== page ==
An important challenge in developmental neurobiology is to unravel mechanisms responsible for the influences exerted by afferent innervation on the development of its targets. Good examples of such phenomena are found in the olfactory system. In the brains of all species studied to date, development of the primary olfactory center with its characteristic array of synaptic glomeruli depends dramatically on innervation by primary- afferent axons of olfactory receptor cells. How sensory axons control the formation of glomeruli, and how odotopy -- the orderly spatial representation of attributes of odor molecules -- arises in the glomerular array, are pressing problems. This project will focus on the development of individual glomeruli and their uniglomerular projection neurons, endowed with characteristic """"""""molecular receptive range"""""""" properties and will take advantage of a remarkable model system, the sexually dimorphic olfactors lobe in the brain of Manduca sexta. In particular, we will investigate the postembryonic development of the prominent macroglomerular complex in the male's olfactory lobes. This unique complex receives primary-afferent inputs solely from male-specific olfactory receptor cells, which induce the formation of the macroglomerular complex and are specialized to detect individual components of the female's sex-pheromone blend. The complex comprises two glomerular substructures, each of which receives and processes primary-afferent input about a different one of the two key components of the blend. These identified, odotopically defined glomeruli also contain neurites of male-specific central neurons, most notably uniglomerular projection neurons, which participate in specialized synaptic circuitry for processing sensory input about pheromone.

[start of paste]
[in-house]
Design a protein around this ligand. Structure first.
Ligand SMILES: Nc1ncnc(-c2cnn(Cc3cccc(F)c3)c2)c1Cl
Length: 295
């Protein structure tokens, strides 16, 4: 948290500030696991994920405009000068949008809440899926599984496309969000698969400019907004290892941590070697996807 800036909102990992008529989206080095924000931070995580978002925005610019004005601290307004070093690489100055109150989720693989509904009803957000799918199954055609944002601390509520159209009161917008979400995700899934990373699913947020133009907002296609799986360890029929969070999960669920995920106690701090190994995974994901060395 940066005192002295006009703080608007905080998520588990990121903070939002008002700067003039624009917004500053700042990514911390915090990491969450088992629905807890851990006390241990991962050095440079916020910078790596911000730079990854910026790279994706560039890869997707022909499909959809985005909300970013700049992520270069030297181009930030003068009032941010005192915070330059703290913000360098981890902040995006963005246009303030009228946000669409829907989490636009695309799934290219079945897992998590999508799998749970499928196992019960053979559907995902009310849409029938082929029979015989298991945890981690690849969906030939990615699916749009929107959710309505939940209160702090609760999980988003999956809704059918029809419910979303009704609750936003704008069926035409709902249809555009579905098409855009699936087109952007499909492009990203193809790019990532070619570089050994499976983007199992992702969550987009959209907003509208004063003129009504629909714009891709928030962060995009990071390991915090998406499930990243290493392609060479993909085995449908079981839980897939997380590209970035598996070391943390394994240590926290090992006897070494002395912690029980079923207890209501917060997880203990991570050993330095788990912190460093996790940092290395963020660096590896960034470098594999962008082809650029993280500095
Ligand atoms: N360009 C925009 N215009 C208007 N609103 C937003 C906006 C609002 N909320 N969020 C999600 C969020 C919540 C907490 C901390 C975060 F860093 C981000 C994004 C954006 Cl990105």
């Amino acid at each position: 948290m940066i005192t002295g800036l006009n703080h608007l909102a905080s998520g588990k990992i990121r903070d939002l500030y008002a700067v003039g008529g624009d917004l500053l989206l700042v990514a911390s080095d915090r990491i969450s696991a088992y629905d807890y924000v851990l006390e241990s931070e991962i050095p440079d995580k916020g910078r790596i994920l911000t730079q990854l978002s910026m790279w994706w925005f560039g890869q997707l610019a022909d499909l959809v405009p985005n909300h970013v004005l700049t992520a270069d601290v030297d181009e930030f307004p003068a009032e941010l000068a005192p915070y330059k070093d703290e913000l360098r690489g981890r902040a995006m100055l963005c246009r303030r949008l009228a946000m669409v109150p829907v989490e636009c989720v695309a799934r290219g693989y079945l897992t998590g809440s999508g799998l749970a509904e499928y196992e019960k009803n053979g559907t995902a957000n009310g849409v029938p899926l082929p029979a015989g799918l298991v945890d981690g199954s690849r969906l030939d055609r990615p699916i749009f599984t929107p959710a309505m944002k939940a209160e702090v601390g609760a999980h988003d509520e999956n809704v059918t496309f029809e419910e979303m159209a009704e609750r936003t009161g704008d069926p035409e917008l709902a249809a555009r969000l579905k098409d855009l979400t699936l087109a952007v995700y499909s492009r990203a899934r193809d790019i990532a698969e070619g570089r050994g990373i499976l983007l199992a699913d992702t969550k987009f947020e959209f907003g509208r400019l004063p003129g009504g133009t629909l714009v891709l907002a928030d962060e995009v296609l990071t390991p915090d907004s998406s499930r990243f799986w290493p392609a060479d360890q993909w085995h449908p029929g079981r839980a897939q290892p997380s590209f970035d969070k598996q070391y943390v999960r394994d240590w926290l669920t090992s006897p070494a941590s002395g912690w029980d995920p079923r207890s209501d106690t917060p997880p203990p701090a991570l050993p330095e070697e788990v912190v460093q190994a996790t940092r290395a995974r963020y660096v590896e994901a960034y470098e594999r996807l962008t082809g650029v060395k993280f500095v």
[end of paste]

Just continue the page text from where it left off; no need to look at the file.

As specific aims, the proposed studies ask: (1) how the macroglomerular complex develops, (2) what role(s) glial cells play in its development, (30 whether there are quantitative and temporal requirements for male-afferent control of its development, and (4) whether male-specific sensory axons have molecular specializations that might be responsible for induction of the macroglomerular complex. The ultimate goals of the line of research represented by this proposal are; (a) to ascertain the cellular and molecular mechanisms underlying the decisive role of sensory axons in the development of glomeruli, (b) to discover how primary-afferent and central elements ultimately destined to have similar, distinctive molecular receptive ranges come to associate with each other, and (c) to determine whether glial cells participate in the development of all of the glomeruli in a particular species. This is the first effort, in any species, to ascertain developmental processes and mechanisms underlying morphogenesis of anatomically identified olfactory glomeruli with known functional specificity. This research promises to add significantly to understanding of cell-cell interactions in the development of functionally specialized, modular neuropil in the central nervous system and thus to fuel progress toward improved understanding and treatment of developmental disorders of sensory systems.

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University of Arizona
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